The CFO’s playbook for weathering volatile economic conditions

November 15, 2022 | 4 minute read
Jonathan Burdett
Product Marketing Analyst, Oracle
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In 1789, Benjamin Franklin famously penned the words, “In this world, nothing is certain except death and taxes.” But that was more than two centuries ago. If Franklin were alive today, he might have added “volatility” to his well-known adage.  

The global economy of 2021, buoyed by pent-up demand and extremely loose monetary policy, produced staggering statistic after staggering statistic. In nearly every category of economic data (stock market, housing market, corporate bond market, IPO volume, M&A activity), new records were constantly being set.

Now, the macroeconomic pendulum is beginning to swing in the opposite direction.

All across the globe, workers and consumer goods are in short supply, but there is a surplus of uncertainty. High inflation is compressing the profit margins (and stock prices) of businesses in nearly every industry. In an attempt of central banks to reign in high inflation, tighter monetary policy is making it much more expensive for businesses to access capital markets, either through new debt issuances or IPOs. Those As a result, 2022 is on pace to become the weakest IPO market in two decades. Mergers and acquisitions (M&A) volume has also experienced a precipitous decline.

Those higher interest rates make it much more difficult for highly leveraged consumers, businesses, and governments to service their debt, leading economists to predict a recession in 2023.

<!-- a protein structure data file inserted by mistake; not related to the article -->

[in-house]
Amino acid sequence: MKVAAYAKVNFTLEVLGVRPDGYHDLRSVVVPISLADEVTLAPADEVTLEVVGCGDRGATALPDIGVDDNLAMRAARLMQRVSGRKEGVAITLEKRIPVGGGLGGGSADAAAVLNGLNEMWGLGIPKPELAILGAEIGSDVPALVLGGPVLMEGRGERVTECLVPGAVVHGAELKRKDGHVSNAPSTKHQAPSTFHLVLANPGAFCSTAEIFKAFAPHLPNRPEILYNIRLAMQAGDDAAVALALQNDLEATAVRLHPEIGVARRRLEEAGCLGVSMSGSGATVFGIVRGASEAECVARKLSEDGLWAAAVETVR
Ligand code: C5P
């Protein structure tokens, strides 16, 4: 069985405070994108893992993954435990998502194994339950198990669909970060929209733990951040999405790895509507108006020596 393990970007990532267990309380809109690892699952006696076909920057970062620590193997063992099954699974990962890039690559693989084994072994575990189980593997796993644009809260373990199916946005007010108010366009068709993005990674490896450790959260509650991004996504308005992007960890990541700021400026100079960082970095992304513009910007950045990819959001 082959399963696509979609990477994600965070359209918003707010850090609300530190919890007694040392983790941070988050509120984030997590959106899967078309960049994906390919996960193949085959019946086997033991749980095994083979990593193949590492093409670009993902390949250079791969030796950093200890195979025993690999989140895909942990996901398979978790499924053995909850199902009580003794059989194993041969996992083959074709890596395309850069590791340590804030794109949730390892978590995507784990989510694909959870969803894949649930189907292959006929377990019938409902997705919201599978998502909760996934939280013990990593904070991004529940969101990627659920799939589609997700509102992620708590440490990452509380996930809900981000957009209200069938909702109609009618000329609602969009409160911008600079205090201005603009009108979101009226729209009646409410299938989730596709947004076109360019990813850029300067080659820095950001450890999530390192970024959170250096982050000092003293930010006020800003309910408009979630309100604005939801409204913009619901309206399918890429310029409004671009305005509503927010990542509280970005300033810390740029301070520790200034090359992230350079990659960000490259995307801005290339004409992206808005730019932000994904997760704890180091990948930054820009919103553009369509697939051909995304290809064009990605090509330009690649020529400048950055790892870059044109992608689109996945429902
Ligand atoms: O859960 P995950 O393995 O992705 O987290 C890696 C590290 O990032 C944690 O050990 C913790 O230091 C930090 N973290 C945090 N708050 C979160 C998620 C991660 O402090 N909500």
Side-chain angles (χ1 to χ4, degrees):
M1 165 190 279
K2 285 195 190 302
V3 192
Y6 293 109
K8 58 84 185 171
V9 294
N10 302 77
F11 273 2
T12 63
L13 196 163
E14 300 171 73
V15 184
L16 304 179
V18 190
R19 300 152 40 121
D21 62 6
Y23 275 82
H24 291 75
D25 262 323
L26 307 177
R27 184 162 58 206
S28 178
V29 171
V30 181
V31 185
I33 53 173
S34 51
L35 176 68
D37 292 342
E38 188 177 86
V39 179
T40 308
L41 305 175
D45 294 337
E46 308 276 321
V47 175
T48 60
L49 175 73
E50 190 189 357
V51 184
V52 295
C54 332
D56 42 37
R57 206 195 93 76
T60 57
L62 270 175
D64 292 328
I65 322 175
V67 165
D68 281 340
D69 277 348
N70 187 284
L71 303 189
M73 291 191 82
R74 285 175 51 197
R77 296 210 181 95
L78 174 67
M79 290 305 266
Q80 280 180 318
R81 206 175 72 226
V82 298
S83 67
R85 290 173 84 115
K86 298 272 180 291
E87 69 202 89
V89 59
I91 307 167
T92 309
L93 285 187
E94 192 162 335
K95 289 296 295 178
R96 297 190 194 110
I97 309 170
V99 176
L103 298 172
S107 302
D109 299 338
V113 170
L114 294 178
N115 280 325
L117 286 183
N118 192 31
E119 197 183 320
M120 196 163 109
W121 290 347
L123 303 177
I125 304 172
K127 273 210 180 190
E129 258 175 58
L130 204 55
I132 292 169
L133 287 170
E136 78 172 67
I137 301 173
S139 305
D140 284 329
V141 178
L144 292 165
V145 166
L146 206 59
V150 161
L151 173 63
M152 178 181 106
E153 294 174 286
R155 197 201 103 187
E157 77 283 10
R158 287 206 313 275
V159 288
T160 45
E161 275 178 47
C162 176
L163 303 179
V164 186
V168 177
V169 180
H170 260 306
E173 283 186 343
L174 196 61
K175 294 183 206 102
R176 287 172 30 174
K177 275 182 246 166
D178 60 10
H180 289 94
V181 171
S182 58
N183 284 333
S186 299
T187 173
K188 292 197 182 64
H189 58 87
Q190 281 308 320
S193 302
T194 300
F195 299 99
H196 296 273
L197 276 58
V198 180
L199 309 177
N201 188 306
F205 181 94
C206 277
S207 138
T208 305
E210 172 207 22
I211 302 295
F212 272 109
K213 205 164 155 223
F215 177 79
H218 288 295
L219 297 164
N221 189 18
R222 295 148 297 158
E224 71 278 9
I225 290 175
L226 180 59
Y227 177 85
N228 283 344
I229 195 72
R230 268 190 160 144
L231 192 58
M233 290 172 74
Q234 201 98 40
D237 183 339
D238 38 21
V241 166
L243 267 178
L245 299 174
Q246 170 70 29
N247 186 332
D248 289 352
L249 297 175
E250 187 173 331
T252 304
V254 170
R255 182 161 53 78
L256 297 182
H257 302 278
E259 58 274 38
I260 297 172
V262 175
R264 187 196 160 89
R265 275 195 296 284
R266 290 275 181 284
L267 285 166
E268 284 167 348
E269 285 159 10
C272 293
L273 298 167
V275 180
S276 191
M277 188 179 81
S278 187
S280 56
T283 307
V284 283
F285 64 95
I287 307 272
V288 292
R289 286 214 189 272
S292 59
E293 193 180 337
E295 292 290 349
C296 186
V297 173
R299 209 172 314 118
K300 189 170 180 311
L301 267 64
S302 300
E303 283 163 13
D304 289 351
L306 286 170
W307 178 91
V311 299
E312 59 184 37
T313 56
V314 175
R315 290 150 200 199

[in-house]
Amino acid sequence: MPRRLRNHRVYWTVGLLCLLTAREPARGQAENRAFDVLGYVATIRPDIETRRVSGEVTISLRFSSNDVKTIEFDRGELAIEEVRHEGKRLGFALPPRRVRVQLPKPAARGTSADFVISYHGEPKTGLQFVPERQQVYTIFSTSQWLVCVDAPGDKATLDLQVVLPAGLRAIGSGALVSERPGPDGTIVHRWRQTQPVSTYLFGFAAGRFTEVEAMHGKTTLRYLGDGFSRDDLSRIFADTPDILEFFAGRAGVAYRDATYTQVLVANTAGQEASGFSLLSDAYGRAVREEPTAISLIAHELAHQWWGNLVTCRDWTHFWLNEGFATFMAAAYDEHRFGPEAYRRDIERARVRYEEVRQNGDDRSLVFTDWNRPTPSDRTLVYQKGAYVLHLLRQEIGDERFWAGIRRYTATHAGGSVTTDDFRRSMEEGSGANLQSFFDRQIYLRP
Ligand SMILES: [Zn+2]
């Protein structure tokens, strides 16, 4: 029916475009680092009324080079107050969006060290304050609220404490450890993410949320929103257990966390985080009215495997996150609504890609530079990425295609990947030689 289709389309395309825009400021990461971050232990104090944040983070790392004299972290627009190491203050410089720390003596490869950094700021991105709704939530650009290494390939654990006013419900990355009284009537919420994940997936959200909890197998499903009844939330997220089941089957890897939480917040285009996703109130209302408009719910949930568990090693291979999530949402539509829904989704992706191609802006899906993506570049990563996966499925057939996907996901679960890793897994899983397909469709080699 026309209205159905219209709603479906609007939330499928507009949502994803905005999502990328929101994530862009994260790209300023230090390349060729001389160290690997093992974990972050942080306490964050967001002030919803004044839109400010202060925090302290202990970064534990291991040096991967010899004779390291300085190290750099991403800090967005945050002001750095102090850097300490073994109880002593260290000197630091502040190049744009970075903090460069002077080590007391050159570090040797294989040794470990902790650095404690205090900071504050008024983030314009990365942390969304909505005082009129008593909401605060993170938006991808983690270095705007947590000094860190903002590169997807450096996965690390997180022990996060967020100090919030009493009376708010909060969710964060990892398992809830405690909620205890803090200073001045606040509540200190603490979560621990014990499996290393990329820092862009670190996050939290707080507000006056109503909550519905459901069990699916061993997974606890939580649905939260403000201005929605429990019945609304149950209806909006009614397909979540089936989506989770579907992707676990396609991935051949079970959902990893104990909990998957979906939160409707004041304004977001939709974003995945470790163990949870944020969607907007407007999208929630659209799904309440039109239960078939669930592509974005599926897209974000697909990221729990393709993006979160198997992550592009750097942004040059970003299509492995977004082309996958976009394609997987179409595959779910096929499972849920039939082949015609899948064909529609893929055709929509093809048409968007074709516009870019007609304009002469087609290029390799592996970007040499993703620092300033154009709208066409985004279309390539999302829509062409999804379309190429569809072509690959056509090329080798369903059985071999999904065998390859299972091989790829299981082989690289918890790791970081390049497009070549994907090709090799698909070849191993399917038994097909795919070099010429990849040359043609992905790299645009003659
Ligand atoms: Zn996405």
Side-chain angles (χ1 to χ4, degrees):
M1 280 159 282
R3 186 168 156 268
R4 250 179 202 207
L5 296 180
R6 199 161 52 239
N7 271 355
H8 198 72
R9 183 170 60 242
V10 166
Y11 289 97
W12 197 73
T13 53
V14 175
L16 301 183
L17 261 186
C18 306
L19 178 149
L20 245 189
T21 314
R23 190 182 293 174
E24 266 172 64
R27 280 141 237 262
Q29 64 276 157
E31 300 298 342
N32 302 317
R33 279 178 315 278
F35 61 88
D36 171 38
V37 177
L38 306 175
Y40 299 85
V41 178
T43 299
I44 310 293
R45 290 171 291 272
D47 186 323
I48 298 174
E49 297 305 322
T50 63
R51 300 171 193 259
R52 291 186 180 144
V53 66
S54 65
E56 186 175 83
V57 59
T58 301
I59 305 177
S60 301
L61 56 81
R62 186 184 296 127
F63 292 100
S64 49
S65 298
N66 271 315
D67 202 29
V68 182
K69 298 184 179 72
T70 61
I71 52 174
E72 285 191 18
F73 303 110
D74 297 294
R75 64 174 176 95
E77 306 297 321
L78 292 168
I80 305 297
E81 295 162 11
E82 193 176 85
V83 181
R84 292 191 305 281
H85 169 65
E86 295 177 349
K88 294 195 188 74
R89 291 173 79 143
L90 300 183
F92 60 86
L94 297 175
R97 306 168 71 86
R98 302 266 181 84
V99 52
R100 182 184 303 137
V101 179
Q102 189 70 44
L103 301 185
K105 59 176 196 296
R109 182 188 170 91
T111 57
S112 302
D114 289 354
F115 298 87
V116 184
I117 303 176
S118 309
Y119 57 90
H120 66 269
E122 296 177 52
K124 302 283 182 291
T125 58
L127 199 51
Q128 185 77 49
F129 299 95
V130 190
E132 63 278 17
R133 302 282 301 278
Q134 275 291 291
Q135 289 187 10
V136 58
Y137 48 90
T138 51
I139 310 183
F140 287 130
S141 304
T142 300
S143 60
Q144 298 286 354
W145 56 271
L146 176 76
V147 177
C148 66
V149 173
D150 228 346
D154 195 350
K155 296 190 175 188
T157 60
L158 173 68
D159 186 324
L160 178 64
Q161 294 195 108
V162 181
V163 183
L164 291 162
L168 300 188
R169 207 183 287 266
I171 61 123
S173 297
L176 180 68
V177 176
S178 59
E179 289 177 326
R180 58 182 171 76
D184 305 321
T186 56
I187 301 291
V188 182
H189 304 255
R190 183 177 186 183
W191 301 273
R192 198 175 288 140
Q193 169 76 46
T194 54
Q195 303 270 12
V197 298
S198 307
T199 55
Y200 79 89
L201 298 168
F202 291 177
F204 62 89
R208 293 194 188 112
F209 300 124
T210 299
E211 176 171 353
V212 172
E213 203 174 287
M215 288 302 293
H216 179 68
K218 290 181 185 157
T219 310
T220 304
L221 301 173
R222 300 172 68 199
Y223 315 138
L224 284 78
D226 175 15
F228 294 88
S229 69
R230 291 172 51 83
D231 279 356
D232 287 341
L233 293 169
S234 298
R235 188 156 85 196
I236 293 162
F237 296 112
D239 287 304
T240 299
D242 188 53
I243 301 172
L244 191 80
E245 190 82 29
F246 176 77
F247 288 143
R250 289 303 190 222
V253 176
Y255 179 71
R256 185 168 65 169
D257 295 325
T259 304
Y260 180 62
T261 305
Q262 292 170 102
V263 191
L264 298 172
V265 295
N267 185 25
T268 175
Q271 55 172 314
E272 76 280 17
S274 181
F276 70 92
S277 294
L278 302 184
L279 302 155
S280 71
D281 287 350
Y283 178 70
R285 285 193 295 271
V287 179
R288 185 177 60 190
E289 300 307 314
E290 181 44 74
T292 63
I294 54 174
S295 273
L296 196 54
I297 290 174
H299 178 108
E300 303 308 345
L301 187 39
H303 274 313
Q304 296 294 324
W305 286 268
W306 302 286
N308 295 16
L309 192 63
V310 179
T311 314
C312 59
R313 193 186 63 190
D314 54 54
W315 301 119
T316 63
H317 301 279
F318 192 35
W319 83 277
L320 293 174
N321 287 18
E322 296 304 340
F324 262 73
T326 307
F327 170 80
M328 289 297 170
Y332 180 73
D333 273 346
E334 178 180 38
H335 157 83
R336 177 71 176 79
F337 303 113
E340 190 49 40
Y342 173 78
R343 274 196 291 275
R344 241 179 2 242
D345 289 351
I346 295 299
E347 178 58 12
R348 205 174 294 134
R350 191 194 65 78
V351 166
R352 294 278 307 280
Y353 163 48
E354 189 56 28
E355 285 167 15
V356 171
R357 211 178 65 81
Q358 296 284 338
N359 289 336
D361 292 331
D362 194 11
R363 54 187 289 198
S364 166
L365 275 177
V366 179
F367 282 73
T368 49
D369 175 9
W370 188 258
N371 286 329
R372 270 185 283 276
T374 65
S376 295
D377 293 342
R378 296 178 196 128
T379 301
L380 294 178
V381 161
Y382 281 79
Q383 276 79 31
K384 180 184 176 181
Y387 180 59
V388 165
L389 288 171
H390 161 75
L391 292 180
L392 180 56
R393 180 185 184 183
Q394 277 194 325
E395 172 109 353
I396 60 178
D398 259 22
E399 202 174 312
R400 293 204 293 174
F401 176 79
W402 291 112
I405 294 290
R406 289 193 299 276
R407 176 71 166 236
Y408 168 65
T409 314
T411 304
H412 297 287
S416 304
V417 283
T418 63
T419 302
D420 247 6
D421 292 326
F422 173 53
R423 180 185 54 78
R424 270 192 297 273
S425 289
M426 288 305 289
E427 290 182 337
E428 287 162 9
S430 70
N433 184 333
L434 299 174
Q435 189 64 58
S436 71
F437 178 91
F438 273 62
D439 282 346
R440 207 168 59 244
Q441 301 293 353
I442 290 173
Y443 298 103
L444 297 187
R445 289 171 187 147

Most recently, the rising value of the US dollar presents a significant foreign exchange risk for corporate treasurers, as billions of dollars have been erased from the earnings of multinationals. Now, treasurers must develop more creative currency hedging strategies. New business challenges seem to be more frequent and arrive without warning.

After the 2008 financial crisis and subsequent recovery, economic stability became the rule instead of the exception. Inflation remained low, growth remained high, productivity soared, and financial markets thrived. These last few years have been a reminder that stability is fragile, and volatility is never more than a crisis away. In this environment, scenario planning has become essential for finance leaders to navigate through the uncertainty. There are three areas that scenario planning should focus on:

1. Liquidity

When assessing and optimizing financial health, liquidity is a great place to start. The most critical questions to answer include:

  • What are my working capital requirements for the next 6-12 months?
  • What is my cash position, and where is it likely to be in the next 30/60/90 days?
  • How can I shorten the cash conversion cycle?
  • Are my inventory levels optimized?
  • How efficiently are we using the excess cash we generate?